Miles Utley: “You know, Alpheus, the problem with polygamy is that when you’ve had 27 wives and 56 children [a reference to Brigham Young’s extensive family], one’s just bound to turn out as dirt-stupid and pig-ugly as you.”
Still investigating the deceased assassin, Utley finds apparent grave robbers digging up her body. Yes, it was a woman—Eliza Rigby’s sister Sarah, a disaffected former Mormon. Put in jail, Utley is sprung by his boss Milton Long; both Long and Miranda Young smuggle him guns. He warily heads south, looking for his long-time friend and mentor Porter Rockwell (James Coburn, with long hair and beard wigs). He visits his sister’s family (with daughters played by two Berenger girls). As Utley departs, he is attacked by and forced to kill Alpheus Young. He stops to see his disaffected, alcoholic foster father Bill Hickman in Kanab and is given Jonathan Parker’s diary before heading into wild country. As he leaves, he is attacked again, and joined by Miranda Young, who is wounded. He fights the attackers off and sends Miranda back with their remnants. He reads Parker’s diary and finds that he was simply an honest dissident and was doing nothing for which he deserved killing.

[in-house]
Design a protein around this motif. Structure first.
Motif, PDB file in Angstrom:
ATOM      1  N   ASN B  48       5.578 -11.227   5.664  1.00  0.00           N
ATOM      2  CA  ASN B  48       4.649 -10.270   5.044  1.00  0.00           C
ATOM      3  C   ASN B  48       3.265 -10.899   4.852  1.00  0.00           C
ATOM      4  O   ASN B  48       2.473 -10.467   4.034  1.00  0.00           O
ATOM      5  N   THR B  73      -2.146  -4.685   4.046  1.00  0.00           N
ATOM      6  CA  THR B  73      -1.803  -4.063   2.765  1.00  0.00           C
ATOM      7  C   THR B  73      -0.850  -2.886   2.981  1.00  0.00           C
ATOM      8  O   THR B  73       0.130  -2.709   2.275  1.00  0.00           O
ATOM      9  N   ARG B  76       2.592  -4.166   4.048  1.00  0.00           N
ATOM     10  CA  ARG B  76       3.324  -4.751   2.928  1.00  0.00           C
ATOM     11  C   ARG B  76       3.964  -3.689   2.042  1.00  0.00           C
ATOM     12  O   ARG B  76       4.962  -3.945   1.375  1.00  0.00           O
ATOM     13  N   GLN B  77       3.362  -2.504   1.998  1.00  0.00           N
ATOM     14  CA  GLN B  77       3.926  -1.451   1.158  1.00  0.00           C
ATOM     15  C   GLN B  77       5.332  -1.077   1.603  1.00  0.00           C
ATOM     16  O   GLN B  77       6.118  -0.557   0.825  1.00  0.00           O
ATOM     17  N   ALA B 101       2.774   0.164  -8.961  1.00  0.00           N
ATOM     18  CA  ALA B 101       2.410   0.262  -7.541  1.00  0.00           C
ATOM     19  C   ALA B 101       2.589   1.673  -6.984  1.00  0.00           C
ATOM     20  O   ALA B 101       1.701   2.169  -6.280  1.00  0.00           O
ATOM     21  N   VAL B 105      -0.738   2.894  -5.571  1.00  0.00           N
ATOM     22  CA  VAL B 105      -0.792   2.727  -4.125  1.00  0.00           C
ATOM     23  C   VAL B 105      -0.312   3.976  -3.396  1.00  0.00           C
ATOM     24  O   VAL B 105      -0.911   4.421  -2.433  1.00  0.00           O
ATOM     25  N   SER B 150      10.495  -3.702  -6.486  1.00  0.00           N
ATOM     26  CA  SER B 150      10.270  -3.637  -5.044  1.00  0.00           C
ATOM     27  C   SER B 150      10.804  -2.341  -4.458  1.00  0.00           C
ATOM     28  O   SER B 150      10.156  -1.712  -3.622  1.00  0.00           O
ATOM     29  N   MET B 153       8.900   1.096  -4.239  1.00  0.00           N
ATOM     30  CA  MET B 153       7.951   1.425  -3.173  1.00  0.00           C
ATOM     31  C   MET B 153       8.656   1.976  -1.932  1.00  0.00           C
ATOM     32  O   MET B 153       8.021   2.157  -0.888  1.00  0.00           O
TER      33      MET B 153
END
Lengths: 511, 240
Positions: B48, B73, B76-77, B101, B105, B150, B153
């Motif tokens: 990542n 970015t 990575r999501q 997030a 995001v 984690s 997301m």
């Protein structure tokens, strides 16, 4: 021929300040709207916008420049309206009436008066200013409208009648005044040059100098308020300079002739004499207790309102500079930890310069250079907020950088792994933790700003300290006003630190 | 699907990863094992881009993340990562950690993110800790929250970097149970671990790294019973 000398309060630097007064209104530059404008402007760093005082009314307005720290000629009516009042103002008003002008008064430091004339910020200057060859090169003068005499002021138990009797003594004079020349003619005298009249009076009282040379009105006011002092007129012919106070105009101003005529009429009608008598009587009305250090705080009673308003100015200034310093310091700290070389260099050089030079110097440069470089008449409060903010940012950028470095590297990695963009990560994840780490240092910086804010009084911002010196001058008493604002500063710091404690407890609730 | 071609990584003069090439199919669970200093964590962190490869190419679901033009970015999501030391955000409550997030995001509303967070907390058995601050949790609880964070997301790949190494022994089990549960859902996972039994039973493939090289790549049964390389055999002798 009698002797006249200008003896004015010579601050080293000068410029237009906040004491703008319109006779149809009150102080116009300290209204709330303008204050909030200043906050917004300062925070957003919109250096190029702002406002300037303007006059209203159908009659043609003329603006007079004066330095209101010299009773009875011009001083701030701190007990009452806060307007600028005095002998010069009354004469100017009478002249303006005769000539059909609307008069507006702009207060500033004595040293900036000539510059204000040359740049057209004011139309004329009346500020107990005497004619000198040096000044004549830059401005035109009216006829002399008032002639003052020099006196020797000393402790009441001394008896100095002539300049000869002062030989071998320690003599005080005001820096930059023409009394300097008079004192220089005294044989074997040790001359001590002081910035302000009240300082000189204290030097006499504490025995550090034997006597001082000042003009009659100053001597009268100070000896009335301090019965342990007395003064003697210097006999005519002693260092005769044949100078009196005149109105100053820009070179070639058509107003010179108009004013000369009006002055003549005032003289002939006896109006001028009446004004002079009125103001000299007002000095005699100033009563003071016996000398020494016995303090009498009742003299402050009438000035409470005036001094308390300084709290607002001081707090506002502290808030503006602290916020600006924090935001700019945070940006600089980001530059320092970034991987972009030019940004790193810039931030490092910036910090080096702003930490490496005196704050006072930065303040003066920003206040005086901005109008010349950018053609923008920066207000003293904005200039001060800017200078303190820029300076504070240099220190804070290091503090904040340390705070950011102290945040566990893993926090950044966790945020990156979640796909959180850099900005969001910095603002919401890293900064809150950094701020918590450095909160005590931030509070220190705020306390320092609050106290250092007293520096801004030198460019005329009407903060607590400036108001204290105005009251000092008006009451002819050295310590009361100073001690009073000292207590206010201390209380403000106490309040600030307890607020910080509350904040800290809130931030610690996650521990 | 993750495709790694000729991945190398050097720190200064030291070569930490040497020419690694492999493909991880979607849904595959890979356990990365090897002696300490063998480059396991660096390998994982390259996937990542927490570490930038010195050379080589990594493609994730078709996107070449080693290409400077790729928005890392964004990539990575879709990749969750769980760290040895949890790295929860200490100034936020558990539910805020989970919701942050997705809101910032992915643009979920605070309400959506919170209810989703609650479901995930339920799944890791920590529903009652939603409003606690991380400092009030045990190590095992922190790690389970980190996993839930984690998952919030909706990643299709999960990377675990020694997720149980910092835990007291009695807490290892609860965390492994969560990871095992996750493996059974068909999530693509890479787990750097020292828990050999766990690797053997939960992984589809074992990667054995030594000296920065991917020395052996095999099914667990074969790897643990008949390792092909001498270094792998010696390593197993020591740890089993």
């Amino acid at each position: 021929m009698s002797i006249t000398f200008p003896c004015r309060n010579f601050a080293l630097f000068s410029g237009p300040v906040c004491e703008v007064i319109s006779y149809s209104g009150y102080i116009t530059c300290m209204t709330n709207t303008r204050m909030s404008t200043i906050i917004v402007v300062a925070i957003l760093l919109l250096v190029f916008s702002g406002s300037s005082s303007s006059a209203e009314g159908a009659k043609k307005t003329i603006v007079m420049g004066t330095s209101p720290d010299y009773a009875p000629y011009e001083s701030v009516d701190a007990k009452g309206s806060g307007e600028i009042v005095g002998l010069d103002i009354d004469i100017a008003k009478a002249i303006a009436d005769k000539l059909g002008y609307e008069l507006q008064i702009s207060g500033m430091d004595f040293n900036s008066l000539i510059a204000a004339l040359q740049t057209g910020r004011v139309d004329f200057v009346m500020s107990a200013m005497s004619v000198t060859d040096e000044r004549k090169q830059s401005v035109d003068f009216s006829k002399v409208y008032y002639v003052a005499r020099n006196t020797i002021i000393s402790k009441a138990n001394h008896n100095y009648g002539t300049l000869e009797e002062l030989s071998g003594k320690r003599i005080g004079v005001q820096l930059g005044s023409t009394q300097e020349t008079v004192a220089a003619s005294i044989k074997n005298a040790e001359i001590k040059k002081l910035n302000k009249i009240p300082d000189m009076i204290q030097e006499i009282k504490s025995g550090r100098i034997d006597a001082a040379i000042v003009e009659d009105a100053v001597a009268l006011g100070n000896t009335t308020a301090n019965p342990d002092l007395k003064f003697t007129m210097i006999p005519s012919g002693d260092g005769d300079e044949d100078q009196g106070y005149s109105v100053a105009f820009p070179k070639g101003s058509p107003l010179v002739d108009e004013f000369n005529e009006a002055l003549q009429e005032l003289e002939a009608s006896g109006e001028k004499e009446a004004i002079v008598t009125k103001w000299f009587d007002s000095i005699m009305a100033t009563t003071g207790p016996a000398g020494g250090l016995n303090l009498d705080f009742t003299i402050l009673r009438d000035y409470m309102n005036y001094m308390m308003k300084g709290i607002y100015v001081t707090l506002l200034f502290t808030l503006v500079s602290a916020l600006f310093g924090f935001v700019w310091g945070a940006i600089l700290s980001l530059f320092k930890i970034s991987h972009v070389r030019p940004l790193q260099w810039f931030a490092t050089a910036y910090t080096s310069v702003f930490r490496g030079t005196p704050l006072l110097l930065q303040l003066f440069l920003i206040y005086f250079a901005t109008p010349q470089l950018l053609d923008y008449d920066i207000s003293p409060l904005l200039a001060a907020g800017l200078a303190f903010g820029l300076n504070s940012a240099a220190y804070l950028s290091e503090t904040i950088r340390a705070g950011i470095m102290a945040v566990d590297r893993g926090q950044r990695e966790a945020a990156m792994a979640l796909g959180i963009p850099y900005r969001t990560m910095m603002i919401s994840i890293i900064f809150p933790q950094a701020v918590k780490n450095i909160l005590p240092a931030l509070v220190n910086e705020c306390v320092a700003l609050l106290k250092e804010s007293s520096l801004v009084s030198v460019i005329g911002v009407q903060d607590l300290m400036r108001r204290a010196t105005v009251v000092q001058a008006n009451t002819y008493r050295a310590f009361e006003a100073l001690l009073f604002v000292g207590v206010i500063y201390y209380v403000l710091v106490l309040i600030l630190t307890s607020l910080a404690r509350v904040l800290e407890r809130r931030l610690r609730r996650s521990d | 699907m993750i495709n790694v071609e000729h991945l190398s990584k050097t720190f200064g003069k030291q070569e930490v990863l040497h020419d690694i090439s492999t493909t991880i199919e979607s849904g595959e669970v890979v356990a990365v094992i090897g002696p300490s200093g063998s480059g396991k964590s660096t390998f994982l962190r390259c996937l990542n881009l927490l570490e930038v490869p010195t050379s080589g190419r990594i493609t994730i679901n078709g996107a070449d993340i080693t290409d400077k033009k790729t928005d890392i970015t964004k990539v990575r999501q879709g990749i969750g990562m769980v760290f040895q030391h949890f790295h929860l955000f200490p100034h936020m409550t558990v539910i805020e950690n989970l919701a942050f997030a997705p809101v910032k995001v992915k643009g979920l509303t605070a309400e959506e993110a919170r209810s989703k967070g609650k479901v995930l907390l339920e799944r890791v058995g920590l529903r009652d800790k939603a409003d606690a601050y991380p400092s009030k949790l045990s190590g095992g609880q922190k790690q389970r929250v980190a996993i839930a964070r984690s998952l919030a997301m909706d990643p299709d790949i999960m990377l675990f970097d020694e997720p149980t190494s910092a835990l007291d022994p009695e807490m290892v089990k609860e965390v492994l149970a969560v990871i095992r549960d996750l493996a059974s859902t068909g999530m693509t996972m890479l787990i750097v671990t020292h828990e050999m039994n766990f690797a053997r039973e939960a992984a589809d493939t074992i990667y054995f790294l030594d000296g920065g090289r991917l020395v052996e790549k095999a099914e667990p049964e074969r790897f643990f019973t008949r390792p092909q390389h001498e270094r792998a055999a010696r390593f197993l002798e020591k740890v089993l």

Utley and Rockwell join forces to fight a conspiracy led by Elder Rigby to take over the Church and Utah. Brigham Young is reported to have headed to his winter home in St. George, threatened by the conspirators. Rockwell creates a diversion without killing any of Young’s faithful bodyguards and Utley enters the house, to find that Milton Long is part of the conspiracy and he is now captured. Brigham Young slips him a gun, which he uses to take out Long. He heads back to Salt Lake, to the Assembly Hall, where he finds an unhinged Rigby speaking to an imaginary audience, now that his conspiracy has fallen apart. Eliza persuades Utley not to kill Rigby, and he hangs up his guns.
The title refers to the Danites, a supposedly historical group of thugs and assassins who did the Church’s dirty work, of which Utley is supposed to be one. To the extent they were real, they existed principally in the 1830s; by 1872, they were long gone. Porter Rockwell was the most prominent of those said to have been Danites, and he was an actual lawman and frontiersman well into the Utah period, dying about the same time as Brigham Young in 1877.